mainly to the operations of the Bureau of the War Department under my charge, induces me to submit the following facts:
The execution of the act enrolling and calling out the national forces may be said to have commenced in New York on the 25th of April. On that day an officer of the Army was assigned to duty as acting assistant provost-marshal-general, with instructions to acquaint himself with the views and wishes of His Excellency Governor Seymour, and give them due weight in determining as to the best interests of the General Government; to use all proper means to gain and retain the confidence and good will of the governor and his State officers, and secure for the execution of the enrollment act the aid and hearty co-operation of His Excellency the Governor, and of the civil officers in his State, as also the people. A letter was addressed by me to Governor Seymour on the same day informing him that, with a view to uniform and harmonious execution of the enrollment act, it had been deemed best to assign an officer of this department to duty at the capital of New York; that this officer was instructed to confer with him (the Governor) to superintend the operations of the provost-marshals and boards of enrollment in the several districts of the State; to secure from the provost-marshals and boards and submit to the State Executive such rolls and reports as might be deemed necessary for the files of the State, and to prepare from the State records and transmit to the provost- marshals and boards of enrollment such information, placed at this disposal by the State authorities, as might be necessary or useful to them in the performance of the duties assigned them. In accordance with the foregoing Major Townsend was assigned at Albany, and with similar letter and for a like purpose Colonel Nugent was assigned to the first nine districts, and Major Diven to the districts numbered from 22 to 31, inclusive, and I said in the letter to the Governor: "The War Department will be pleased if Your Excellency will communicate freely with them (the officers named) and secure as far as possible for all the officers appointed under the enrollment act the co-operation of the civil officers of your State." Such were the steps taken to acquaint the Governor with the action and intention of the General Government in entering upon the execution of the enrollment act.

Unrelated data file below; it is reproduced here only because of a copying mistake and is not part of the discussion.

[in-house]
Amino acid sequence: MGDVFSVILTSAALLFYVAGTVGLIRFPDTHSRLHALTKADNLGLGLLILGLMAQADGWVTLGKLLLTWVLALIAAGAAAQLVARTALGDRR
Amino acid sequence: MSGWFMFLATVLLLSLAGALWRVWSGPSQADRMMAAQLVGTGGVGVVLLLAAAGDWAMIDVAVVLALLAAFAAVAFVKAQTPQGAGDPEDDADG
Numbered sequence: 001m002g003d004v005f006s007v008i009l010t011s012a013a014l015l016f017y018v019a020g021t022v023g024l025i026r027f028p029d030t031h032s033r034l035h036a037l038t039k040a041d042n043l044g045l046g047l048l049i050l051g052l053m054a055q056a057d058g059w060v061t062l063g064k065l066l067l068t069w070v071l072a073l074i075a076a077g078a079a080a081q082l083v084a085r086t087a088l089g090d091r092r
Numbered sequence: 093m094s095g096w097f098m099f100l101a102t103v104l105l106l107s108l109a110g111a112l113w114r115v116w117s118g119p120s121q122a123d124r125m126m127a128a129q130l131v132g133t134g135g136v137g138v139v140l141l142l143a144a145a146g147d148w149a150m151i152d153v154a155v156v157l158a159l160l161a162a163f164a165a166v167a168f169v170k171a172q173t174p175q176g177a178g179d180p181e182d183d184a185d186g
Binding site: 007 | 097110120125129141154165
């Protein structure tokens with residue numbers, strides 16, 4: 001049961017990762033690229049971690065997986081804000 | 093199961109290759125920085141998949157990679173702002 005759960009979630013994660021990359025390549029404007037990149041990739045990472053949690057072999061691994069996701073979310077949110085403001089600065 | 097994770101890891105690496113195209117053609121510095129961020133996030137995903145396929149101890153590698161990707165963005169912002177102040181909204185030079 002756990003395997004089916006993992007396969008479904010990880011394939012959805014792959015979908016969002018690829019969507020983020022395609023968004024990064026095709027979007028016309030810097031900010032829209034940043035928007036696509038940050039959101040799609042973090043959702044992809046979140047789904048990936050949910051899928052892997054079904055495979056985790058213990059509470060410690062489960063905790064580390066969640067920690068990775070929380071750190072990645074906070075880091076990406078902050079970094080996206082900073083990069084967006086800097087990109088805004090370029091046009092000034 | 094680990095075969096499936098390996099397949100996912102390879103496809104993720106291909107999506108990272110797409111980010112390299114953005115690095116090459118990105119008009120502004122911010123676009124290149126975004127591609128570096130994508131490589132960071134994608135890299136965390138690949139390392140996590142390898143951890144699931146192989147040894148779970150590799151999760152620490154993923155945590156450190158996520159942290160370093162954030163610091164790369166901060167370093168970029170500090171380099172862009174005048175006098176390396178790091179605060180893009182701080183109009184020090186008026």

In relation to the enrollment, which is said by His Excellency to have been unfairly made, I would remark, the enrolling officers were sworn to execute faithfully, and without partiality, favor, or affection, the duties of their offices, and all possible precaution was taken against the employment of incompetent or dishonest persons.
The enrollment commenced in New York in the latter part of May; it was carried through to completion without any serious resistance, and nothing was brought to my knowledge indicating inefficiency or unfairness in it.
It was to be expected, in the nature of things in the city of New York, that the names of many persons would be entered more than once on the enrollment lists. The method of conducting the enrollment and the measures taken to correct errors can be best understood by taking as an example the following report of Captain Erhardt, provost-marshal of the Fourth District, the one about which most complaint has been made. Captain Erhardt says:
I have the honor to state that there have been enrolled in my district, of class 1, 54,372, and of the second class, 23,405, making a total of names enrolled, 77,777. From these were taken those who actually lived in this district, and those alone